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Throughout the season of Advent – which this year encompasses the four weeks leading up to December 25 – we’re looking at classic Christmas movies and how they might connect us to the miracle of God choosing to become a human being.
Watching Love Actually is like grabbing a meal at Golden Corral.
It’s a cinematic buffet with something for everyone. There are nine different self-contained storylines, and something like 40 significant characters. You can have a little of this and a little of that, and then move on to the next option.
The nine stories have two things in common. Each of them is about love. And each takes place within a few weeks of Christmas.
British writer-director Richard Curtis stated that his goal was to come up with “nine good beginnings and nine good endings with no dull stuff in between.” Christmas serves as the unofficial day when the many different players – spouses, lovers, parents, siblings, and friends – finally come clean with each other. They finally come to know the truth about where they stand.
For some, it’s the joy of loving and being loved. For others, it’s the agony of having missed out on what may have been the relational chance of a lifetime.
Oh, and one other thing. The stories are interconnected. From time to time they bump into each other. In the final scene, which takes place a month after Christmas, the major players all end up at Heathrow Airport in London, trading hugs in a kind of heavenly reunion on earth.
Love Actually doesn’t pretend to be a spiritual movie. The relationships are messy. Some of them represent love as having no fixed moral boundaries. You may not applaud every story or how it turns out. Curtis himself admitted, “I’m not sure all the stories are from the same universe.”
But the relational smorgasbord, seasoned liberally with humor and pathos, has nevertheless proved charming with adult audiences.
The movie arrived in theaters on November 7, 2003 – the same day Elf was released. Both became global hits, and both appear on numerous lists of the best Christmas films of all time.
One of the nine love stories concerns a British writer named Jamie, played by Colin Firth. Depressed by the state of his life, he retreats to his French cottage. There he meets Aurelia, a Portuguese waitress played by Lucia Moniz. She cannot speak English. He cannot speak Portuguese. Yet they are drawn together.
When Jamie returns to England, he can’t get her out of his mind. He begins to learn Portuguese. Finally, impulsively, he goes back to France to declare his love. First he has to confront Aurelia’s father and sister and try to bridge their mutual linguistic gap. Here’s what happens next: Best Romantic Scenes – Love Actually – YouTube
What in the world is true love? Can we actually know it when we see it?
There are two ways to address such questions. We can look at the relational landscape of our culture and say, “This is the best we can do.” Or we can look instead at God – at what he has done and what he continues to do – and say, “This has to be our starting point.”
As the apostle John reminds us, “This is love: not that we loved God, but that he loved us and sent his Son as the sacrifice for our sins” (I John 4:10).
Over the centuries, a great many people have been puzzled by God’s love. If he really loves the world, surely he would compel us to enter a relationship with him. He would make his existence and his intentions crystal clear by skywriting them every day.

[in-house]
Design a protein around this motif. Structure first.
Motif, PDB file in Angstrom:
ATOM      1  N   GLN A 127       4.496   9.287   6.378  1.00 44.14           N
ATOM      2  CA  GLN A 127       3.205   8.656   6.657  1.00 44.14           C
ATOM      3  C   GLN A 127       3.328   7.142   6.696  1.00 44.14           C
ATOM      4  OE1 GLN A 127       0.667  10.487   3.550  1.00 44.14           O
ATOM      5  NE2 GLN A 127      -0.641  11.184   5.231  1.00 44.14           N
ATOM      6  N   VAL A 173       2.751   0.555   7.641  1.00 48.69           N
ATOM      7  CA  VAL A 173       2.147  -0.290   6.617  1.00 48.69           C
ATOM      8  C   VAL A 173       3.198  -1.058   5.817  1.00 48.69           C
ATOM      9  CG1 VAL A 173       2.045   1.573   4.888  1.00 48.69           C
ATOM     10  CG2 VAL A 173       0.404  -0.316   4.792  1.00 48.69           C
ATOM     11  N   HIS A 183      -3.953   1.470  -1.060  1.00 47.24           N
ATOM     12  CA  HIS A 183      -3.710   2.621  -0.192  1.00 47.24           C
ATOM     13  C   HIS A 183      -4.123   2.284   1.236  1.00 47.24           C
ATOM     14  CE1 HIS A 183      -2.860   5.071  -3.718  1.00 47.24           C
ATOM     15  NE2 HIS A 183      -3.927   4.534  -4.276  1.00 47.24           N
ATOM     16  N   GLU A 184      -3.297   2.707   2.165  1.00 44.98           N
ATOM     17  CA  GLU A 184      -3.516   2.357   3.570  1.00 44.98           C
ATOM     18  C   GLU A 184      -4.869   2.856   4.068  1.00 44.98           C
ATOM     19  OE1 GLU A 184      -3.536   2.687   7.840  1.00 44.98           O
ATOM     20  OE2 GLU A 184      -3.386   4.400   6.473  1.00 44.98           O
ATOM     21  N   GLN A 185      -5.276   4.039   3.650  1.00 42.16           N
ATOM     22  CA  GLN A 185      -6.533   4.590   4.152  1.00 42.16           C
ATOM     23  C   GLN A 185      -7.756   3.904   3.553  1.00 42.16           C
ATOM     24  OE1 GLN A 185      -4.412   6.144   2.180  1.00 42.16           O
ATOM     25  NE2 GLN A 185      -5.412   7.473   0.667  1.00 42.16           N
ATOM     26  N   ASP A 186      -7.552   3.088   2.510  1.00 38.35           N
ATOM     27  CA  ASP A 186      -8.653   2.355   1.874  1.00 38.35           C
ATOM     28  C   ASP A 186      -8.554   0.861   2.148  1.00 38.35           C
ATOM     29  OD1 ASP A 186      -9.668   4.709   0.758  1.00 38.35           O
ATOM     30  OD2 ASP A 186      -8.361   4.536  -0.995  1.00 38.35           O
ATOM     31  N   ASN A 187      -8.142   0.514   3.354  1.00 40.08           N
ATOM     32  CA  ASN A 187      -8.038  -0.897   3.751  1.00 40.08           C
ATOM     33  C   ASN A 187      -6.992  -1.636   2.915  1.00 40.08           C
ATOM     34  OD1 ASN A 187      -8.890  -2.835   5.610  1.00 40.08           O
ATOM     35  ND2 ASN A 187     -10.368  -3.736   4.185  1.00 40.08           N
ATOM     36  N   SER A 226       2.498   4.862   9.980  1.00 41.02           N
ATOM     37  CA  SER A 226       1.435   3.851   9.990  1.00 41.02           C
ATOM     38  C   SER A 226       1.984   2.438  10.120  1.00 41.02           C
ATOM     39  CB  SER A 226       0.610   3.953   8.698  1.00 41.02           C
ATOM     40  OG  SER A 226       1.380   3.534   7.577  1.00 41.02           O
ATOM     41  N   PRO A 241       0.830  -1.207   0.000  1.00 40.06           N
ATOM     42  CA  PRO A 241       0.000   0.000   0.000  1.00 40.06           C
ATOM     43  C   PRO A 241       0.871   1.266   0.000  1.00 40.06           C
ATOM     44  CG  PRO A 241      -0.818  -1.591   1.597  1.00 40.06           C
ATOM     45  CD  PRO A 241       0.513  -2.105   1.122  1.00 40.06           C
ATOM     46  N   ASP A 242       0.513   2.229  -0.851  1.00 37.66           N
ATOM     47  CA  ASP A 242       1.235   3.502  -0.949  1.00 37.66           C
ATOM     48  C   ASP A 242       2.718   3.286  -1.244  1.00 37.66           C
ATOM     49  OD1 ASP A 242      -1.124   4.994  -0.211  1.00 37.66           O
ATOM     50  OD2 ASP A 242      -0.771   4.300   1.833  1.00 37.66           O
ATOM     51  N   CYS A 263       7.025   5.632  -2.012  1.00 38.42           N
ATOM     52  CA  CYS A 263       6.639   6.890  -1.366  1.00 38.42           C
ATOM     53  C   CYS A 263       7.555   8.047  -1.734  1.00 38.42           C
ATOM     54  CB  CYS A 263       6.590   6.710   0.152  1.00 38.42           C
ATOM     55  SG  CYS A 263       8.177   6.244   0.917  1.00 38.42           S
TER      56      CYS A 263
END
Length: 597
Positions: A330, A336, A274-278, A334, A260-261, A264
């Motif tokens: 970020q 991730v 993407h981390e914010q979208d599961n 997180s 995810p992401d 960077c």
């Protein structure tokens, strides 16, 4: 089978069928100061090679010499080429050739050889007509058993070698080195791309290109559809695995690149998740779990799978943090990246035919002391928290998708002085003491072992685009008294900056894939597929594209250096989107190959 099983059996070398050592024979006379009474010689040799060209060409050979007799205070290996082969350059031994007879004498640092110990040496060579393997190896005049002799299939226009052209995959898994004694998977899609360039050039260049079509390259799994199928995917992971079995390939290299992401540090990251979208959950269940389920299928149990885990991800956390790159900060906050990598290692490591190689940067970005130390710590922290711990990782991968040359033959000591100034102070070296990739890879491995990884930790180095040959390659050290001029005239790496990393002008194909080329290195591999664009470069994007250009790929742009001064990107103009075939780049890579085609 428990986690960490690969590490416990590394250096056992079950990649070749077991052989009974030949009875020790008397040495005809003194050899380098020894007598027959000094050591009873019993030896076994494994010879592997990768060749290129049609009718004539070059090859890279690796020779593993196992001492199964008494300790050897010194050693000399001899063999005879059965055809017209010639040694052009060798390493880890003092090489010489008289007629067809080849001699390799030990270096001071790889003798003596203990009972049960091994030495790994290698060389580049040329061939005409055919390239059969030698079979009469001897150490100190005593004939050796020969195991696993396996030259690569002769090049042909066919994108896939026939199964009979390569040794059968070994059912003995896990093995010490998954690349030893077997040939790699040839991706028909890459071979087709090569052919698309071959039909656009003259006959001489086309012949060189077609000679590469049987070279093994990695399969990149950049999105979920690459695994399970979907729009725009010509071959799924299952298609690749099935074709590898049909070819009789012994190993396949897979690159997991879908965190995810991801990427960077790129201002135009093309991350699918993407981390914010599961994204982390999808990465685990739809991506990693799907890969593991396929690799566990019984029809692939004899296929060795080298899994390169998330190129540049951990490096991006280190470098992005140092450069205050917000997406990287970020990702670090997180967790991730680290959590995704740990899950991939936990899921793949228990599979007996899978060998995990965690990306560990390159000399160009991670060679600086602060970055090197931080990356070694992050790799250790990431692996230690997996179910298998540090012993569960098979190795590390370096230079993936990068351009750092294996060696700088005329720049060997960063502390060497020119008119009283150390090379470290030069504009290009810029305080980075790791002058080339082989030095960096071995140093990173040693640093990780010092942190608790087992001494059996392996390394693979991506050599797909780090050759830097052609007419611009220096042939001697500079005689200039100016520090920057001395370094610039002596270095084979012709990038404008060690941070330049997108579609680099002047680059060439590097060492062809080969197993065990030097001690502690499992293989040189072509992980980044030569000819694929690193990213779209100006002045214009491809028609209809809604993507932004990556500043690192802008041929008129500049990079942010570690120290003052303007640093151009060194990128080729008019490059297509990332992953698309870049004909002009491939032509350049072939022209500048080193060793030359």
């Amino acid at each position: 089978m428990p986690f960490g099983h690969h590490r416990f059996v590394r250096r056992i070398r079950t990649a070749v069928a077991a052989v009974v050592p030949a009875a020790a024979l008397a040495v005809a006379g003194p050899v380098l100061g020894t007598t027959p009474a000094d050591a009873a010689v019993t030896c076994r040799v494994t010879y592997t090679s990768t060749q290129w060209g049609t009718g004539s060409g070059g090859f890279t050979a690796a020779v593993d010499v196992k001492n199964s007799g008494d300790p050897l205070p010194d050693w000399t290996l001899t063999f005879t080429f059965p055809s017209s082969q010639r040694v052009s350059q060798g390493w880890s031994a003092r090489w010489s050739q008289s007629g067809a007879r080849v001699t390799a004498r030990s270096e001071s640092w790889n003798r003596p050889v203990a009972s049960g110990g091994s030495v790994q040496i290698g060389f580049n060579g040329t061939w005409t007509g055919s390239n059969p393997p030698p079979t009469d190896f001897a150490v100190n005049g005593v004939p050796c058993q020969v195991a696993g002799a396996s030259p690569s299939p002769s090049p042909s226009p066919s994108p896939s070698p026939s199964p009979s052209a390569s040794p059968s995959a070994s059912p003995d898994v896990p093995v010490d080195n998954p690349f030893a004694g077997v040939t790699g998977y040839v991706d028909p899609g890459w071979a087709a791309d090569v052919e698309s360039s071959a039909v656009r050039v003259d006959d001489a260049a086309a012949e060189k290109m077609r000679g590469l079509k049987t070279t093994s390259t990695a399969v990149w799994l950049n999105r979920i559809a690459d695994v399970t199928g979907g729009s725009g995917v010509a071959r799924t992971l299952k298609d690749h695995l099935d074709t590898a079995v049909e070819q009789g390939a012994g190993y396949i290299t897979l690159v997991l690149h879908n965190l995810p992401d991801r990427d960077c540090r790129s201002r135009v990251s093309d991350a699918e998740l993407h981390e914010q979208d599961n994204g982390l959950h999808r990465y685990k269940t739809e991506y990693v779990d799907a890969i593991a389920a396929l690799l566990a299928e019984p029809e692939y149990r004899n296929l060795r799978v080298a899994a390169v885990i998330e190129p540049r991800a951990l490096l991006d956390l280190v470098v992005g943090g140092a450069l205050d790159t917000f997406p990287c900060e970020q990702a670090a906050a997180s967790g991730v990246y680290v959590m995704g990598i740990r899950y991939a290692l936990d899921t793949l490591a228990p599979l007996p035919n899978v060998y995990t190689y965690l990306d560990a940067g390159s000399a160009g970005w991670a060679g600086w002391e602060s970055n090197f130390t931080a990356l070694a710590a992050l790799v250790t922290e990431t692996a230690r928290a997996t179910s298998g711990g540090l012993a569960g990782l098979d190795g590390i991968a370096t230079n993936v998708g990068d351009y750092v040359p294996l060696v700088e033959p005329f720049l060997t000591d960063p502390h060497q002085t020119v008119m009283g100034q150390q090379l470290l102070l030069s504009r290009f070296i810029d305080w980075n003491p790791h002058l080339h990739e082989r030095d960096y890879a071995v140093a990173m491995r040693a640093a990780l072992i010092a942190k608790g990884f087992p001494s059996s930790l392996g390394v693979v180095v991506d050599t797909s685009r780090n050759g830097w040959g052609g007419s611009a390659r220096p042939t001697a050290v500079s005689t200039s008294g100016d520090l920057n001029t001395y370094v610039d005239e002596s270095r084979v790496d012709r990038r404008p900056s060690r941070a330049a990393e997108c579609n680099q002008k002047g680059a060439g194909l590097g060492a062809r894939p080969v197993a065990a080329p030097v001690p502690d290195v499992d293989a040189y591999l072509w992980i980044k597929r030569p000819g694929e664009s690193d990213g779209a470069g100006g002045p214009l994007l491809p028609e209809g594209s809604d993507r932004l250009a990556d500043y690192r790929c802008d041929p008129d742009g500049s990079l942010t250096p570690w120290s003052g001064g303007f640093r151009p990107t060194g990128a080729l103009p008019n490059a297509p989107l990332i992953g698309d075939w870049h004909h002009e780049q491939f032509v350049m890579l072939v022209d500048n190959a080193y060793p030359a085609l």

But God’s love is never coercive. It is always persuasive. One of the striking things about Christmas is how humbly and quietly God comes into the world. He wants to share his love with you and me – yet not, so to speak, by means of a shotgun wedding where we have no choice but to comply.
Almost 200 years ago, the Danish philosopher Soren Kierkegaard tried to express this through a parable about a king who loved a humble maiden. This king was the most powerful of all magistrates. No one could refuse his commands. Yet his heart melted in the presence of a peasant girl.
How could he declare his love for her? If he brought her to the palace and wrapped her in a beautiful robe and crowned her head with jewels, she wouldn’t be able to resist him. He would say, “Would you marry me?” and she would answer, “You wish is my command, your majesty.”
Oh, she might say that she loved him. But how could he ever really be sure? So, scratch the plan about bringing her to the palace.
Maybe he could go to her. He will get into his royal carriage, accompanied by an armed escort and beautifully colored banners, and he will knock on the door of her cottage. But he knows there’s no way her response could possibly be unforced. What he really yearns for is an equal, someone who will love him from her heart.
Being in a fairy tale isn’t always a fairy tale. Will this king ever experience true love?
So he makes a radical choice – a choice he cannot take back. He assumes a new identity. He dresses as a beggar and approaches her cottage humbly, with a worn cloak fluttering loosely about him. This isn’t play-acting, either. The king has stepped down from his throne in order to win the hand of the one he loves.
He reaches to knock at her door. Will she agree to enter this daring relationship with him?
That is the Christmas story.
The true King came into the world incognito – not to blow our minds but to win our hearts.
And that just so happens to be real love, actually.
To listen to this reflection as a podcast, click here.